Wednesday, February 18, 2015

A Ball, a Pole, a Rope – a Twisted History of Tetherball



A Ball, a Pole, a Rope – 
a Twisted History of Tetherball

Wright & Ditson's Lawn Tennis Guide for 1900.
 Tetherball was invented in England in about 1880; possibly by a certain “Mr. Lehmann, of Oxford University.”[i]  But instead of hitting a volleyball-sized ball with your hands, it was initially played with a tennis ball and racquets.  It was also frequently referred to as, “tether tennis.”  

Harvard Lampoon, series 2, volume 40, October 19, 1900, page 24.

 The new game had one great advantage over regular tennis; it eliminated the hassle of chasing down balls:

A new game called tether ball met with approval in England last year, and promises to be a favorite this season.  The court is similar to that of lawn tennis, and the players number either two or four.  Instead of a net, a pole in the centre, ten feet high, is used, to the top of which is attached an elastic cord sufficiently long to allow the rubber ball at the other end to swing clear of the ground.  Racket bats are used, and the elastic tethering or fastening of the ball corrects a great fault of lawn tennis, in which time and temper are lost in recovering over shots.  It also introduces a new element, in the circular motion of the ball, which affords opportunity for a great variety of hits, creating very erratic courses, which can be made by a skilful player exceedingly puzzling to an antagonist.  A few tether ball materials have been imported this spring on a venture by dealers in games.

The Sun (New York), March 28, 1881, page 1.  



Tetherball could also be played without incurring all of the expenses of lawn tennis, which had recently been introduced to the fashionable set at Newport:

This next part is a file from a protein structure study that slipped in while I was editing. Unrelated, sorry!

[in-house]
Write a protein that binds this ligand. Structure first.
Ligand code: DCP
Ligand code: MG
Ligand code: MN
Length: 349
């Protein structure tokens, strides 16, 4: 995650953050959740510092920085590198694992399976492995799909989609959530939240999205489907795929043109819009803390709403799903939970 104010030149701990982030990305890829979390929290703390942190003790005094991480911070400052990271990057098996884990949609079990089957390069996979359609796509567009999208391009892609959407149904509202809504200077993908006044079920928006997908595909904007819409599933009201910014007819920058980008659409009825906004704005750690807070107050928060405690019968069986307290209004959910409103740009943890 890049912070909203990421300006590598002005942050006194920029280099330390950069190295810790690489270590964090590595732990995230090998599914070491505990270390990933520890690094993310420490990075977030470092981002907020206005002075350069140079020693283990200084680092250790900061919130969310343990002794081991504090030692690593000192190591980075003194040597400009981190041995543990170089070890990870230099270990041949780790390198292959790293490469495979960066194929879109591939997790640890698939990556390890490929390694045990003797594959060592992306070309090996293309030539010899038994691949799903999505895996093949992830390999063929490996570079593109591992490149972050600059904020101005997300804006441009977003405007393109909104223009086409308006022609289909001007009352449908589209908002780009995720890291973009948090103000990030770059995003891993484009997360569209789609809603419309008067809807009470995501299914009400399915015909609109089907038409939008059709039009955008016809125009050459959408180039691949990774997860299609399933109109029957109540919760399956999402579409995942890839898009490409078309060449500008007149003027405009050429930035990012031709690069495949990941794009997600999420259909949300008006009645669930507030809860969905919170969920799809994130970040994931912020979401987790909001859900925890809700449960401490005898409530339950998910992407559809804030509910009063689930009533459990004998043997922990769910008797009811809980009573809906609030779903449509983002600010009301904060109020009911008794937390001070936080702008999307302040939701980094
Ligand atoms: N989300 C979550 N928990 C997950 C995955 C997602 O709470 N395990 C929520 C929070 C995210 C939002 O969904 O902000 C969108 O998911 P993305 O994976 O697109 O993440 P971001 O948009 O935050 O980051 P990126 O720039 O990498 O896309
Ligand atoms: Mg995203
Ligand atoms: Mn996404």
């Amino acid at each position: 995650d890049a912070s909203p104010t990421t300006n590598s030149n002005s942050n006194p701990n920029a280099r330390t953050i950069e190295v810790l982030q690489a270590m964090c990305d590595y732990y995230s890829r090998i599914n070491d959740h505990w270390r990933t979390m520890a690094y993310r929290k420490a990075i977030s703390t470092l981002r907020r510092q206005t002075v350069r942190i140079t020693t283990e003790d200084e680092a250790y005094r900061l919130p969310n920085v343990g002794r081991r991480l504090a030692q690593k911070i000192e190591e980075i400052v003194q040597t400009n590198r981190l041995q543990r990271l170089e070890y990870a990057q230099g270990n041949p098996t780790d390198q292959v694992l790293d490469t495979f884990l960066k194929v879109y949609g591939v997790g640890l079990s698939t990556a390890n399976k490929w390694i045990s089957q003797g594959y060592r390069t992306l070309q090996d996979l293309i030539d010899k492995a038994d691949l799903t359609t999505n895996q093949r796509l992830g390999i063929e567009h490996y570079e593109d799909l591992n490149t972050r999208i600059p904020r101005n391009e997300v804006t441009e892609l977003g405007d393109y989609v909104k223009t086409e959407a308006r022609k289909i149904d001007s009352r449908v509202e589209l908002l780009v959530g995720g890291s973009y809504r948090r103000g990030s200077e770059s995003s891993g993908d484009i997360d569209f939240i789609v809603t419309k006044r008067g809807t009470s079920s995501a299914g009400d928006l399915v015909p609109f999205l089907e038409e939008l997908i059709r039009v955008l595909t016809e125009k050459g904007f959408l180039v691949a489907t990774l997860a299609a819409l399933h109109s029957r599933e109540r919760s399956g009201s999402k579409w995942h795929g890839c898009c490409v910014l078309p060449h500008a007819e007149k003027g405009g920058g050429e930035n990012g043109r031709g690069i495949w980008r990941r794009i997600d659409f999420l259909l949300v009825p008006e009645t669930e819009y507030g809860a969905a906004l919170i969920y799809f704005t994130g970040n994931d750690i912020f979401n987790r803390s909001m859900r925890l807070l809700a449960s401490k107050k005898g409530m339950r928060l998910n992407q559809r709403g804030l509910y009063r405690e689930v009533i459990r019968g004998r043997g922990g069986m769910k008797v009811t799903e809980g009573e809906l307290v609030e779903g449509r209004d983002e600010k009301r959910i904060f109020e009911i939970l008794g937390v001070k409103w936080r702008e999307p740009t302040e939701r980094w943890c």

Lawn tennis has been a fashionable open-air game in England for several seasons, but was rarely played in this country until last season, when its introduction at the Newport Casino brought it into vogue at a few leading watering places and at the summer residences of many wealthy families.  It caused a partial neglect of archery, which had become a favorite game in 1878 and 1879, but did not destroy the prestige of the more humble croquet, which, on account of the cheapness of its materials, will continue at present to figure upon the grass plots of many individuals who will be deterred by the expense of lawn tennis sets from purchasing them.  These last range in price from $8 to $60, according to quality, and consist of four racket bats, two to twelve rubber balls, which are often covered with felt, a net, a pair of poles upon which to fasten it, and boundary pegs.  In addition to these, a machine costing $5 for pressing bats, and preventing them from warping, is often purchased, together with shoes of canvas and yellow leather with corrugated rubber soles, to prevent slipping.  These cost from $5 to $7.  The lines of the “court,” or boundary within which the game is played, are marked between the boundary pegs with chalk.  The labor of chalking thoroughly distinct marks upon grass is considerable, and this is frequently facilitated by an iron “marker,” costing $9, which greatly resembles, in general aspect, a lawn mower.